It was a mighty race car, but according to Silver Arrows legend there was one small issue with it: when the W25 was weighed the day before its first race, it was slightly above the weight limit of 750 kg. Allegedly, the team was able to bring the weight down to within regulatory limits by scraping off its white paint. Without the white paint, the metal bodywork of the car was exposed, giving it a silver look: the first Silver Arrow was born.
However, the W 25 would not only become known for its shimmering bodywork, but also for its impressive on-track performance. Manfred von Brauchitsch won the Eifelrennen in the W 25 the following day, breaking the track record with an average speed of 122.5 km/h. It was the first of many wins for the Silver Arrows.
The W 25 would compete until 1937, the last year of the 750-kg formula. From 1934 to 1937, the vehicle design was constantly modified in the hunt for more performance. Within three years, the engine displacement increased to a maximum of 4.7 litres, raising the output to 646 hp (475 kW). Many famous racing drivers competed in the W 25, among them Rudolf Caracciola and Luigi Fagioli.
65 years ago: entering Formula One
In 1954 Mercedes-Benz made its Formula One debut. Since the start of the 20th century, the brand had built a reputation for developing strong and reliable race cars, so the expectations were high.
However, entering a new racing series is never an easy thing to do - especially when you arrive a few years late to the party and renowned competitors such as Ferrari and Maserati had already won races in the series or even championships.
The new car had a few tricks up its sleeve though and when it was finally time to enter its first race - the French Grand Prix, held on 4 July 1954 in Reims - the W 196 showed what it was capable of. In the hands of Juan Manuel Fangio, Mercedes-Benz won its first ever Formula One race.
In its early 1954 spec, the W 196 was powered 2.5 litre, inline 8-cylinder engine with an output of 256 hp (188 kW) and came in two different body styles. There was the classic monoposto with open wheels that looked relatively similar to other Grand Prix racing cars of its time.
And then there was the famous 'streamliner', a car that was aerodynamically optimised to reduce drag and therefore extremely strong on circuits with few corners and long straights. Although the streamlined version has since become an icon of motorsport history, it was actually the monoposto that competed in more races.
Mercedes-Benz stayed in Formula One for two seasons and won nine out of the twelve races in which they competed. Eight of those were won by Juan Manuel Fangio who also won the World Championship in 1954 and 1955 driving the W 196.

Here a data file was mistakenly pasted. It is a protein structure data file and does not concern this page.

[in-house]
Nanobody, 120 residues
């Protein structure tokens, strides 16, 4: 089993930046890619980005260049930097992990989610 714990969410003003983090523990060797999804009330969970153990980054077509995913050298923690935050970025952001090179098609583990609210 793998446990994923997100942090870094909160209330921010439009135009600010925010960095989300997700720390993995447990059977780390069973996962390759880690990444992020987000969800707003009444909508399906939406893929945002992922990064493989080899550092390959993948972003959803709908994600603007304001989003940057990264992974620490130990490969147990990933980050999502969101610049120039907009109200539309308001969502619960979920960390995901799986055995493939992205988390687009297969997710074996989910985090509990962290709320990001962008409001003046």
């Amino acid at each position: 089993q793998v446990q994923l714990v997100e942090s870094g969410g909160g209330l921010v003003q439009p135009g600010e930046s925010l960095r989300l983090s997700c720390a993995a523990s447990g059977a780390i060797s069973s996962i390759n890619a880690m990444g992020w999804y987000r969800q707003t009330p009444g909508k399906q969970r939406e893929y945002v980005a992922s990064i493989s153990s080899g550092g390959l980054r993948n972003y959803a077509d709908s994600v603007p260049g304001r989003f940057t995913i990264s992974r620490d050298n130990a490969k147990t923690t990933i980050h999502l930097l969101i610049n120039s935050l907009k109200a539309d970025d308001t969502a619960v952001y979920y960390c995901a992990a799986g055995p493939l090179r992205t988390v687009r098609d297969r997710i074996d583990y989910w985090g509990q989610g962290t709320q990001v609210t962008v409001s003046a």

In his first year, Juan Manuel Fangio raced alongside Karl Kling and Hans Herrmann, both of which claimed a podium in the season, as well as Hermann Lang. In the following year, Stirling Moss, André Simon, Piero Taruffi joined the team; with Moss being the only other driver alongside Fangio who won an F1 race in a Mercedes in the 1950s.
25 years ago: Returning to Formula One as an engine manufacturer
In 1994, 39 years after Mercedes-Benz had last competed in Formula One, the brand officially returned as an engine manufacturer for the Sauber team. The partnership was built on previous achievements racing sports cars, which saw Sauber-Mercedes win the 24 Hours of Le Mans in 1989 and the World Sports Prototype Championship in 1989 and 1990.
When Sauber made its F1 debut in 1993, its Brixworth-built engine was labelled "Concept by Mercedes-Benz"; one year later the three-pointed star returned officially to the pinnacle of motorsport.
In 1995, Mercedes entered into a partnership with McLaren and won its first race in 1997. One year later, the Mercedes-powered team won the Constructors' Championship and Mika Häkkinen the Drivers' Championship - an achievement he would repeat again in 1999.
The partnership with McLaren lasted until 2014 and Mercedes-Benz engines propelled a certain Lewis Hamilton not only to his first Formula One win in 2007, but also to his first world championship in the following year. In his entire Formula One career, Lewis has made every one of his 239 race starts with Mercedes-Benz power.
2010: A modern-day Mercedes works team in F1
2019 is the tenth season for Mercedes as a modern-day works team in Formula One. The news of the return of Mercedes to the series spread quickly in 2009, an effect that was further amplified when the team announced its inaugural driver line-up: Nico Rosberg would drive alongside returning 7-time F1 World Champion Michael Schumacher. From the very beginning, the team could also count on the support of its title partner PETRONAS, together Mercedes and PETRONAS have competed in 187 Grands Prix to this day.
The return to Formula One was not always easy and the team faced tremendous challenges along the way. Mercedes competed for more than two seasons before the team took its first win at the 2012 Chinese Grand Prix - the first Mercedes victory in Formula One since Juan Manuel Fangio's win in the 1955 Italian Grand Prix. After that, it took another year until the team would win again.